Michigan farmers feel trade war fallout
Local grower says President Trump’s aid package will be too little, too late.
(As seen on WZZM TV 13) Michigan farmers are enduring the effects of the trade war between China and the United States.
As a result, President Donald Trump recently announced a $12 billion aid package to help farmers after he asserted a 25 percent tariff on $34 billion worth of Chinese imports in July.
China imposed tariffs of its own, tagging 25 percent tariffs on U.S. imports, which includes soybeans.
Soybean farmers are feeling the brunt of the tariff battle. Despite the expected financial assistance, Denny Heffron, owner of Heffron Farms, said the short-term aid will not be enough and it will come too late.
“They are talking about after harvest, so they are always a little bit too late,” Heffron said. “I have bills I have to pay now and giving me money next year is good, but it is not solving the problem for right now. The government always uses food as a bargaining chip.”
Heffron grows livestock and crops on his farm in Belding. Some of the crops he grows include corn and soybeans.
He said he has leftover soybeans from last season’s harvest, and he has stopped selling soybeans for the last few months when rumors of tariffs began despite the fact, in October, he will have additional bushels of soybeans to harvest.
“We have backed off from selling because the prices are too low,” Heffron said. “They have come down to prices that we don’t like. So, right now we are not selling any soybeans. They are still in the bin, but sooner or later, we will have to move them because we will soon harvest the new crops. We are just holding off because sooner or later, we will have to sell them.”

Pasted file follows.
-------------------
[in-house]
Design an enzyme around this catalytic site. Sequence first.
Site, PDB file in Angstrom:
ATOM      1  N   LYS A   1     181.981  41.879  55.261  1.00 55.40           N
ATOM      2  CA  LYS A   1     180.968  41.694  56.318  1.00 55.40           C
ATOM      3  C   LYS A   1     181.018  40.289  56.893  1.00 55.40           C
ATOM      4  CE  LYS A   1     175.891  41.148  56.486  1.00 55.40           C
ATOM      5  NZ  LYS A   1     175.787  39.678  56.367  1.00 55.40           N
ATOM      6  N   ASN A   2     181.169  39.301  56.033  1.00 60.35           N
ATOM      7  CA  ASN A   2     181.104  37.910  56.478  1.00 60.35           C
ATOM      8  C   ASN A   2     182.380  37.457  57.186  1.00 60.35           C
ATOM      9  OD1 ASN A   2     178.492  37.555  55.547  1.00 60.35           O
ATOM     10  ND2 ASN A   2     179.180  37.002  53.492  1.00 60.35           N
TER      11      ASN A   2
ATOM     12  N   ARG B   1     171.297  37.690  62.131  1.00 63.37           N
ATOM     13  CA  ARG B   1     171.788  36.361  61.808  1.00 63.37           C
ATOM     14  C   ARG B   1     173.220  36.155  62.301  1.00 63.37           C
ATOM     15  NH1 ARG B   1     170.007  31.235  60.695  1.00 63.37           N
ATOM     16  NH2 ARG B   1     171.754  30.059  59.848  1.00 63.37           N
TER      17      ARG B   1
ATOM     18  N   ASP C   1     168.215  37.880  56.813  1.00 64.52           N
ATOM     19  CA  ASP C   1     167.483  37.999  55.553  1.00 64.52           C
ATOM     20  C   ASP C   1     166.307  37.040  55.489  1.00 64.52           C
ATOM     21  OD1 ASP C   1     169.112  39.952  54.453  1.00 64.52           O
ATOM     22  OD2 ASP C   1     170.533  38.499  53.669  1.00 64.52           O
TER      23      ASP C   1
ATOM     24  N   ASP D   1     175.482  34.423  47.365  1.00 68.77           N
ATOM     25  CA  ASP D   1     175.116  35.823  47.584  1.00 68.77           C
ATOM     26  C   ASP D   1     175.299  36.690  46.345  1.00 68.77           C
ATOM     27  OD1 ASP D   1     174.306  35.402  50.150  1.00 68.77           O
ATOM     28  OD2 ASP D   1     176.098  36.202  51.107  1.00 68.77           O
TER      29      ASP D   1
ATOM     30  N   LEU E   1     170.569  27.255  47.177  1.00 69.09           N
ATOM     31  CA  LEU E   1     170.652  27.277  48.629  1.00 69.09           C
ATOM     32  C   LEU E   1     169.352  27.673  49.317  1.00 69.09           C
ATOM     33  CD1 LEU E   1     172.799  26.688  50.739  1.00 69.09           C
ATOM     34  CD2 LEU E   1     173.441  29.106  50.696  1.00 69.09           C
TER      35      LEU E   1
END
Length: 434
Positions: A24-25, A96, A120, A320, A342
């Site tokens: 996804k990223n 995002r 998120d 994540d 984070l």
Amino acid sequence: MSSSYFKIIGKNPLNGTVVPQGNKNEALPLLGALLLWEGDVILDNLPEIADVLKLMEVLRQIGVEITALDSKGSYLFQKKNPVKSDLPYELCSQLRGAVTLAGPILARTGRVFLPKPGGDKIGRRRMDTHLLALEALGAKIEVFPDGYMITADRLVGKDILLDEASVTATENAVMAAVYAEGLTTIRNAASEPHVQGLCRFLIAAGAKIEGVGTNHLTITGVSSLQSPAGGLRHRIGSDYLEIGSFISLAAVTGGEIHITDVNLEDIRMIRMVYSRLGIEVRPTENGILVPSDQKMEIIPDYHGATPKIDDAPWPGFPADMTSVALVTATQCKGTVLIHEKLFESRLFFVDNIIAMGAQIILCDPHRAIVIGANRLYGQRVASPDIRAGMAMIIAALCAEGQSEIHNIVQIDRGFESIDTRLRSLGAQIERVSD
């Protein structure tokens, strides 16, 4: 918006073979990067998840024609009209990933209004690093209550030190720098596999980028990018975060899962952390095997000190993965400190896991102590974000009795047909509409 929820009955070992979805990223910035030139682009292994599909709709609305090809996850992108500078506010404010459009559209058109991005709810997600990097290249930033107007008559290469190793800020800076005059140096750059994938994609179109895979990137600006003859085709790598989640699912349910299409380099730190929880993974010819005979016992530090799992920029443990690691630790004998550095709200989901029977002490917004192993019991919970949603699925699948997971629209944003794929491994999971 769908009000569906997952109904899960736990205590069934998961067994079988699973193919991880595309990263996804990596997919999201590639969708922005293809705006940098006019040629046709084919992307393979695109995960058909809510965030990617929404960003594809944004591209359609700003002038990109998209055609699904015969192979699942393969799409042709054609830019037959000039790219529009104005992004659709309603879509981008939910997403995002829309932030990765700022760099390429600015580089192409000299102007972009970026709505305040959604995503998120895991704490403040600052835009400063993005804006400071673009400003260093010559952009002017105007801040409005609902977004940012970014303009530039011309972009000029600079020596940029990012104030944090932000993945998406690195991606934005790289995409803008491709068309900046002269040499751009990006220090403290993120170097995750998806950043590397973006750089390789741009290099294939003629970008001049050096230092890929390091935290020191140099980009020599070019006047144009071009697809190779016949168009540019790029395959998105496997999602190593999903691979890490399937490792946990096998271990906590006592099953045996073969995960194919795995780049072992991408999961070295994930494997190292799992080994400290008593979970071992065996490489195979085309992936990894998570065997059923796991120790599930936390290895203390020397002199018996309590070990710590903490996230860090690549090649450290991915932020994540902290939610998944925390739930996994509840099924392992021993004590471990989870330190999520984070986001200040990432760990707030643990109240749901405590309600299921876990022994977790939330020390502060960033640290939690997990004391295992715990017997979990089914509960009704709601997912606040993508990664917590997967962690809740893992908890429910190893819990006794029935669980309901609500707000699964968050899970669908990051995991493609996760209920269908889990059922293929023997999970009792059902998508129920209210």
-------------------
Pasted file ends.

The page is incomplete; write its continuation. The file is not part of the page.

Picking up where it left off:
According to the Michigan Farm Bureau, soybeans range from $8.49 to $8.79 per bushel, which Heffron said has decreased by $1 to $1.50 per bushel. As a result, the cost is $75 to $100 per acre cut.
While Heffron weighs the risk of not selling his soybeans now, other farmers have left the industry.
“Right now, the situation is intense enough that we are losing farmers as a result of the financial situation in the agricultural industry,” said Kate Thiel, Michigan Farm Bureau field crops specialist. "(Farmers) are now retiring because they are no longer profitable on the return on their investment. They aren't making enough income or they are too leveraged to get additional funding through loans or grant programs. And, unfortunately, the longer this continues, discussions without a solution, the more likely it is for us to continue to lose.”
China has been the United States’ largest trading partner of soybeans, Thiel said. One-third of soybean production was exported to China in 2017, which amounted to $14 billion in sales and nearly 61 percent of total export.
In 2017, Michigan produced 2.27 million acres, or 96.4 million bushels, of soybeans and about 87 percent of soybeans produced left the state to either be exported overseas or sent to different states, according to Thiel.
“China is our largest soybean trading partner, so you can infer that a good number of bushels of soybeans are being exported to China from Michigan, as well,” she said. “From an economic standpoint, soybeans contribute $1.87 billion to Michigan’s economy and aid in more than 14,000 jobs. There are 12,000 soybean farmers in Michigan.”
The tariffs were put in place at an inopportune time, Thiel said, because the crops already are in the ground waiting to be harvested. So, if the tariffs continue into the fall, soybean farmers still will be operating at a loss.
“Traditionally, farmers prefer trade over aid,” she said.